What is hypnotherapy? As with other therapies, hypnotherapy is used to heal, the one unique and vital factor of difference is that hypnotherapy is directed at healing through the power of the subconscious mind, the supreme human bodily programme. In this way it becomes possible to not only treat the mind itself but the entire bodily system in a natural and safe way. This is possible because no part of the body can function without the mind and no part can perform efficiently and properly if the mind fails to completely fulfil its functions relative to that part.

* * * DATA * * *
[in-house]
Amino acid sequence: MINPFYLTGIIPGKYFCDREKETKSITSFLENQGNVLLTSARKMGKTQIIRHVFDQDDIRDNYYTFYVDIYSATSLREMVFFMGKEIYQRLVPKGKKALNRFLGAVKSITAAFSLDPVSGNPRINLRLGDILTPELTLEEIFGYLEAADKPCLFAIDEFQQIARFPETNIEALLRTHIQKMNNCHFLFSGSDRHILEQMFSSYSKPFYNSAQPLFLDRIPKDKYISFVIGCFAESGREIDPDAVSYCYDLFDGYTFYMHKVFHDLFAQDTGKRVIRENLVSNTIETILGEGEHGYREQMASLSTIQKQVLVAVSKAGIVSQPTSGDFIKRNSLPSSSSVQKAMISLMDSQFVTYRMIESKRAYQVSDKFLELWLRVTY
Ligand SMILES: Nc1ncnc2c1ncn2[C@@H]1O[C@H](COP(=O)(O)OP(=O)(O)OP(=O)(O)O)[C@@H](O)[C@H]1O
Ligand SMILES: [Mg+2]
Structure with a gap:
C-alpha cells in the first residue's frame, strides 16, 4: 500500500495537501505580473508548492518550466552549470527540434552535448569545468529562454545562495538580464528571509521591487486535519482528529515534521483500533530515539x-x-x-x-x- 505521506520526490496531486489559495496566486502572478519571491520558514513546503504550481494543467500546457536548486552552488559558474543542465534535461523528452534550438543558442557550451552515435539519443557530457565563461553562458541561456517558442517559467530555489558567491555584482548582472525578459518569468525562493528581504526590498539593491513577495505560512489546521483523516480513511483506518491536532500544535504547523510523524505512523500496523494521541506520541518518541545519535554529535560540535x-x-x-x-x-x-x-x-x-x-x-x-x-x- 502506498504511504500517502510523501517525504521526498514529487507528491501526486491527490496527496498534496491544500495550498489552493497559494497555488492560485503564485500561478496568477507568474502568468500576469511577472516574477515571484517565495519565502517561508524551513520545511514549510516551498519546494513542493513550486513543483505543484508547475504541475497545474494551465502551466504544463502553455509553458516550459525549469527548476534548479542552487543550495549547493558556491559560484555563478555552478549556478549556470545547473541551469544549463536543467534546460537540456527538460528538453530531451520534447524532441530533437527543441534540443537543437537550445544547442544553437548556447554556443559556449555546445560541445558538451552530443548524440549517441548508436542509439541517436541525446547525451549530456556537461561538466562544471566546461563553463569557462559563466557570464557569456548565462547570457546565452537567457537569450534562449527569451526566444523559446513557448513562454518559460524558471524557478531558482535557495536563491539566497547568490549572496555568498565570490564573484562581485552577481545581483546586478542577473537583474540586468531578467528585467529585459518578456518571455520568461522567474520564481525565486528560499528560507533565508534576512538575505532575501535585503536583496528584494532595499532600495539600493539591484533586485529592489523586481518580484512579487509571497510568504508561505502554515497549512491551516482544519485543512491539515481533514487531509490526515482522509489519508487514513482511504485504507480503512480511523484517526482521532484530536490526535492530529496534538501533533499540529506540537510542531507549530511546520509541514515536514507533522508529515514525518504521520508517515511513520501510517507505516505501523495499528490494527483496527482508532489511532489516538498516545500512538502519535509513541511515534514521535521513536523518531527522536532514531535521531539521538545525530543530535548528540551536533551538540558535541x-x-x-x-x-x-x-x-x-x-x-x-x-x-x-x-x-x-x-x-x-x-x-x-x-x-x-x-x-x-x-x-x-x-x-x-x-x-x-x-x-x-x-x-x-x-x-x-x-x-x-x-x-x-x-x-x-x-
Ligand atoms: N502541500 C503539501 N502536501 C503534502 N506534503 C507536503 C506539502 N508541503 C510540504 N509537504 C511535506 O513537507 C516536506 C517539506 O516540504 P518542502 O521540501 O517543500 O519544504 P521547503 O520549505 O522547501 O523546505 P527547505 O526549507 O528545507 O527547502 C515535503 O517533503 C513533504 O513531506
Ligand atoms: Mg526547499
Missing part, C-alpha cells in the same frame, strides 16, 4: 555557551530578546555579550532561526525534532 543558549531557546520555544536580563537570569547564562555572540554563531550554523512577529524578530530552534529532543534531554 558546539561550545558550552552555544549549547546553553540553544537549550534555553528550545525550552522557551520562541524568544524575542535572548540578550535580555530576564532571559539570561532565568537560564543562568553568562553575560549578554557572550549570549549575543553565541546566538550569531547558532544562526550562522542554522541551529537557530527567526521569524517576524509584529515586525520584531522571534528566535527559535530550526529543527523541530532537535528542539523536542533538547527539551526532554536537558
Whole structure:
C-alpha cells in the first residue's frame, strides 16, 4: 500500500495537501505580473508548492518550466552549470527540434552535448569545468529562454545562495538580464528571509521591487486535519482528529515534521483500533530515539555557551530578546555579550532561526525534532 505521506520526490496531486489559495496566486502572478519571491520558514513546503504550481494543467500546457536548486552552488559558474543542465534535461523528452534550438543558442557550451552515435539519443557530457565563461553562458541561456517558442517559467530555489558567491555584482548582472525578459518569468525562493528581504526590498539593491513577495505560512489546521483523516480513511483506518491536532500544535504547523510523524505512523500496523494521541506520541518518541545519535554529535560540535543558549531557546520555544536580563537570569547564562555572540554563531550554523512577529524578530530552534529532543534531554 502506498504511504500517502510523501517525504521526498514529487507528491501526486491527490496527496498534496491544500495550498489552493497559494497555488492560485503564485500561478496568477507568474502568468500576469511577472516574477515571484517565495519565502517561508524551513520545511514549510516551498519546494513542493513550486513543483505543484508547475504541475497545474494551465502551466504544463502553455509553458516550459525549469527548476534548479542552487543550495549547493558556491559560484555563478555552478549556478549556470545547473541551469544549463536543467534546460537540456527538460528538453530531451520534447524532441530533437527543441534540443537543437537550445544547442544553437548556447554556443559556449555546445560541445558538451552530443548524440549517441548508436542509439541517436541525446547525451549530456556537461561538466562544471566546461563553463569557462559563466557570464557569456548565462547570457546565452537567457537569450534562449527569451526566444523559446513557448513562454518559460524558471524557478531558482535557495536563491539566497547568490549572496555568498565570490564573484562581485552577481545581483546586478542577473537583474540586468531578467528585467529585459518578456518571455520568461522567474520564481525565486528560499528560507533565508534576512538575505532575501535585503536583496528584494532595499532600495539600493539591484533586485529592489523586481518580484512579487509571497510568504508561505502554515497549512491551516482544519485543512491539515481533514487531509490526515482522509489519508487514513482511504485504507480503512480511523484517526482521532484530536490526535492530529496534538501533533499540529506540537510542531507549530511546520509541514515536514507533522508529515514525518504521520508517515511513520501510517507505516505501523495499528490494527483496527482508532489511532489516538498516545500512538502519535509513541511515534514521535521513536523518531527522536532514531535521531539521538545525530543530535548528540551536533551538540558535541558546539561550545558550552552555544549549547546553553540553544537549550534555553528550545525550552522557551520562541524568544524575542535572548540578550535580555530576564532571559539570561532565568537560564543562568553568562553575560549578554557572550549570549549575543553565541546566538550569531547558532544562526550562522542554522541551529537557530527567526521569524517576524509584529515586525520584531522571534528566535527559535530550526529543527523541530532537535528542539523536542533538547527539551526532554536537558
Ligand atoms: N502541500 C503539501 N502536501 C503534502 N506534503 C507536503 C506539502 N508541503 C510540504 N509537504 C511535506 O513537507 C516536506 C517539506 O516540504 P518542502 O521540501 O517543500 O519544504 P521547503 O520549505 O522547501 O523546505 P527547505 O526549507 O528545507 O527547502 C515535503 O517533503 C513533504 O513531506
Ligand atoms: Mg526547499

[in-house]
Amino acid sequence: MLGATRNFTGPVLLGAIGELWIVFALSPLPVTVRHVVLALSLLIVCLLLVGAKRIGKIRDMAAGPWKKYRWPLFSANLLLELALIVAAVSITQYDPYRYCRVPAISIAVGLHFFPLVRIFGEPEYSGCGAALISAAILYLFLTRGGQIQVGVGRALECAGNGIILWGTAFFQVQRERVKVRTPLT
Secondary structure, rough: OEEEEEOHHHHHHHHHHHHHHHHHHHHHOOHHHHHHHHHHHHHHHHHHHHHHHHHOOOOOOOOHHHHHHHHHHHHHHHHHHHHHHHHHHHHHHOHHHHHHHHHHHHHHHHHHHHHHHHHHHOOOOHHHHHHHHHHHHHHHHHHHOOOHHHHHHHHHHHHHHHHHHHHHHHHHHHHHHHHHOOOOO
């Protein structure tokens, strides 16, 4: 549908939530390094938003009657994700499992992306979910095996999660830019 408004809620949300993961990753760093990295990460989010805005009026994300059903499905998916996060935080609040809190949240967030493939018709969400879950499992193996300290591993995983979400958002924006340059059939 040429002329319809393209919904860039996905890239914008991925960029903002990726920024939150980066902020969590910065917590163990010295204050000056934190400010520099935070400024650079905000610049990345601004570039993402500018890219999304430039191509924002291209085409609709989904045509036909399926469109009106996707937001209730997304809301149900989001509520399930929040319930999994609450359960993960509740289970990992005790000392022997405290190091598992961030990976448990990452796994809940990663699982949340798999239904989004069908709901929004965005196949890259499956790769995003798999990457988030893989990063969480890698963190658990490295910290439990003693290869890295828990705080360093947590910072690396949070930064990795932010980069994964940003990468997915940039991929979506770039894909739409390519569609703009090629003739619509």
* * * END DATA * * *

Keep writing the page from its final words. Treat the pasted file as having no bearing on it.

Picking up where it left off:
Hypnotherapy is conducted with the subject in the natural state of hypnosis which gives the therapist direct access to the subconscious mind. It is the subconscious mind that governs us and makes us the personality we are and causes us to react in the way that we do, therefore if we are reacting or behaving in a way that is detrimental to us we can change that just like deleting some unwanted programme from a computer and installing a new and better one. Hypnotherapy is not concerned with disease and general illness though it can assist conventional medicine by stimulating the subject's immune system.

Hypnosis should not be used to replace conventional medicine, rather it should go hand in hand with it for the simple reason that should the subject's condition be a symptom of the mind state and the therapist brings about the relief of that state the condition will be resolved in any case.